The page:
Days of rage and reckoning

The theme running through the last week is a type of descent into chaos. The shy and retiring president of that obscure North American country seems intent on stoking the fires of Armageddon wherever he can. He challenged Anglican Archbishop Justin Welby on his knowledge of biblical truths when the latter published a letter from heads of…

In the dark

This blog is not about hummus, nor about bread. It is about another kind of bread and butter: being able to live in security. Without that, all of life’s other needs, rights, desires, and joys can never be fully realised. In the occupied West Bank in Palestine, most people I met live under a shadow…

Hummus part 1: origins

Hummus means chickpeas in Arabic.  I like to think hummus also derives from humus, the Latin word for soil, which, rumour has it, is where the word human comes from.  Even if that might be fake news, it would reinforce how essential this little pulse is, its derivative dip constituting the heartbeat of many Middle…

Feeling kneady

‘As I wrote Exit West, I found the language changing as the chapters progressed. The sentences grew longer, became more incantatory, like a magic spell. Like a prayer. Which seemed fitting to me. We write what we most need.’ Mohsin Hamid. These words are compelling, but I wonder about their simplicity, in the doubtless uber-mediated world…

Bitter sweet

I remember a story from my childhood – told to me by my grandmother, perhaps –about Jesus sitting under a palm tree, maybe in Jericho, and tasting his first date. Surprised by its delicious, sweet taste, he uttered an ‘o’; and this is the reason for the small ‘o’ you can see on the stones…

Eggs-perimentation and Allot-of-iteration

It may have appeared quiet on the Middle Eastern front (well, only from the perspective of my blogging, since quiet it never is in the Middle East) but there has been plenty of action in the test kitchen. In a recent break from tradition, I deviated from my tendency to religiously adhere to recipes. That…

For the love of Yog

We have a (friendly) debate going in our household about which is better, Greek or Turkish yoghurt. Greek is, naturally, but let’s humour the arguments for a minute. Greek is delicious in its rich, creamy thickness, divine drizzled with honey and mixed with fresh summer fruits, and equally scrumptious in what is surely the best cucumber…

Smells like the desert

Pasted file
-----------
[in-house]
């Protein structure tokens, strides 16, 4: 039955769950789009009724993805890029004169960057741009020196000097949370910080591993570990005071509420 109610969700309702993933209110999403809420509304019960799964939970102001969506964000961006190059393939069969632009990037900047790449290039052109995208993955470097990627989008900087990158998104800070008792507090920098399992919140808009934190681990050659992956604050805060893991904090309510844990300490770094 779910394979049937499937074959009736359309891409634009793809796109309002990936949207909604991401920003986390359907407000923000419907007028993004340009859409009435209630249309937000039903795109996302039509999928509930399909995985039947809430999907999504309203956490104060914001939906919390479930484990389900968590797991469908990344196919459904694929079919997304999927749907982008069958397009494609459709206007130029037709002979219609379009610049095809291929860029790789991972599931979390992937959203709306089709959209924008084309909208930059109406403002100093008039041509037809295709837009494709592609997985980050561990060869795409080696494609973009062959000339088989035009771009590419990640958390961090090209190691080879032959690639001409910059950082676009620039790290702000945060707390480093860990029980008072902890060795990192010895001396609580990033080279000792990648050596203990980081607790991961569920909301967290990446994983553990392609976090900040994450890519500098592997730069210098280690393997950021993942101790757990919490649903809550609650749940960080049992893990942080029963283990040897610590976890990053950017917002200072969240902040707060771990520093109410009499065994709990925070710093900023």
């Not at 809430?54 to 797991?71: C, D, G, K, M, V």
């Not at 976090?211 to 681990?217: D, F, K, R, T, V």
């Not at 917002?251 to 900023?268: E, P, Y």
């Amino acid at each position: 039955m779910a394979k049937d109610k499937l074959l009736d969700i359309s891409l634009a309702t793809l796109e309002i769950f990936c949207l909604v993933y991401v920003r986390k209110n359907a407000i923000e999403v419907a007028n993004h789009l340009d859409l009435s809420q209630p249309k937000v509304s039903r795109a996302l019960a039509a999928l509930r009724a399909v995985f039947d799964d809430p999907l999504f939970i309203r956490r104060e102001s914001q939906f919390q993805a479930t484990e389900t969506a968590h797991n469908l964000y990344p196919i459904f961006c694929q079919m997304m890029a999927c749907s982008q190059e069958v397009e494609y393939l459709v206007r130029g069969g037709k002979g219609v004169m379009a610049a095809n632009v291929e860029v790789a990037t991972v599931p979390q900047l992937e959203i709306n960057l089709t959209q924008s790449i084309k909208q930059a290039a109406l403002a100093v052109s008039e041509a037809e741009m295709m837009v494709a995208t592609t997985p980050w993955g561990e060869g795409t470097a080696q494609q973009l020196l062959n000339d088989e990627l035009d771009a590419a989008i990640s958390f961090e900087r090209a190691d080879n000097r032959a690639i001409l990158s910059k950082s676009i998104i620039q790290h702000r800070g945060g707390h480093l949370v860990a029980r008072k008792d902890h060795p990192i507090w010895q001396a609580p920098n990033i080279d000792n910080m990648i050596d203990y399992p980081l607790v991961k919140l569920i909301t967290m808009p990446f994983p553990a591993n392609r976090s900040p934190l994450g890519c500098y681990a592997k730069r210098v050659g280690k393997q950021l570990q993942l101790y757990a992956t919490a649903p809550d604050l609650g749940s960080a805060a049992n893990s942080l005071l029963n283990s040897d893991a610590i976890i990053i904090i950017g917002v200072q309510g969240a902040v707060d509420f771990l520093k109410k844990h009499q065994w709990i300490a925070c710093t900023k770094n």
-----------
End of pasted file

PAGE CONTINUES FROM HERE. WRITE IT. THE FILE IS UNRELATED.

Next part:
‘What is this? It smells and tastes like the desert’, one of my guests remarked at my marathon Palestinian meal served close to two weeks ago (and whose recipes I still haven’t fully revealed). We all turned to him inquisitively: ‘what does the desert taste like?’ a couple of voices chimed in unison. He went…

On madness, mahshi, and marathons

What a week. Donald Trump continued on his marathon of political insanity, shamelessly and flippantly making statements about solutions to the Palestine-Israel conflict as if choosing between two-state and one-state was the same as choosing what make of car to buy. Infuriating stuff. In somewhat less high-profile news, I too seemed to compete with, if not…

Delirium T-remmen-s

Ah, the mighty pomegranate. Such a beautiful and seductive fruit; its leathery red skin and multitude of succulent ruby seeds bearing age-old myths and evoking ancient longings. According to Joudie Kalla, who I am cooking along with during her three-week Guardian residency, across the Middle East the pomegranate (remmen or rumman, in Arabic) is a…

A new chapter

It’s a new year and I am back in London after my sabbatical walkabout, but still with both the Middle East, and food, on my mind. After Lebanon I went on to Palestine and Israel as an Ecumenical Accompanier, and spent three months providing protection by presence to communities living under occupation in Hebron. The…

One month reflections….

These last couple of weeks I’ve been in the Beirut restaurant kitchen more and enjoying it. Every day a different lady comes in and if language permits, I get to hear a different story, and if I’m lucky, nab a recipe or two. This week I nabbed a recipe for Baklawa bi Halib, (baklava but not…